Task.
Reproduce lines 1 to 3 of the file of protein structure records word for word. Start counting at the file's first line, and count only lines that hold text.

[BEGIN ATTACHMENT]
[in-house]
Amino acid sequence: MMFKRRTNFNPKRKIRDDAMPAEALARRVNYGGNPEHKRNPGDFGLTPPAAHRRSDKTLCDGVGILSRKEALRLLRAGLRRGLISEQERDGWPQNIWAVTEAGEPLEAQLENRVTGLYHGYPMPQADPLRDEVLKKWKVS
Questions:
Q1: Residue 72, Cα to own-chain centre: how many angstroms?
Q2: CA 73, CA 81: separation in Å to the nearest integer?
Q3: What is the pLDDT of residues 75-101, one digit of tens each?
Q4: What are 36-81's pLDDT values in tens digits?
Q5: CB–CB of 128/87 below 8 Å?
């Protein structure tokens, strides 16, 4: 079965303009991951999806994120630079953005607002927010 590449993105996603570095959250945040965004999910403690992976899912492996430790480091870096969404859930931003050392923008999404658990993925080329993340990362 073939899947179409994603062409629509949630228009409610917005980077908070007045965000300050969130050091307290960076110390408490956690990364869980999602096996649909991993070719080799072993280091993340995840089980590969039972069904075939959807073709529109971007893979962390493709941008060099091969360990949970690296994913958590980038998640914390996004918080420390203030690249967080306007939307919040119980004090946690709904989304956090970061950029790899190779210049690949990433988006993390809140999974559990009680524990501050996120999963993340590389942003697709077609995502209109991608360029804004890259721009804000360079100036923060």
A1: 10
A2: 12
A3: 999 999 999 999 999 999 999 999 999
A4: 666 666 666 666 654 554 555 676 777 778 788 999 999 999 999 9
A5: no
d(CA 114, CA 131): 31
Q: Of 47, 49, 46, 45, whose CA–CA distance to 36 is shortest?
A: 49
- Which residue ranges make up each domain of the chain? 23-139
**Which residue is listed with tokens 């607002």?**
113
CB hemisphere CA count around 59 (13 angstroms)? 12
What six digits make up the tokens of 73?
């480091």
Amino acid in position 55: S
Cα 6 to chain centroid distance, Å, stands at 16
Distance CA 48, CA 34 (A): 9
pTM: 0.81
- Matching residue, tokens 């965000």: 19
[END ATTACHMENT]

[in-house]
Amino acid sequence: MMFKRRTNFNPKRKIRDDAMPAEALARRVNYGGNPEHKRNPGDFGLTPPAAHRRSDKTLCDGVGILSRKEALRLLRAGLRRGLISEQERDGWPQNIWAVTEAGEPLEAQLENRVTGLYHGYPMPQADPLRDEVLKKWKVS
Questions: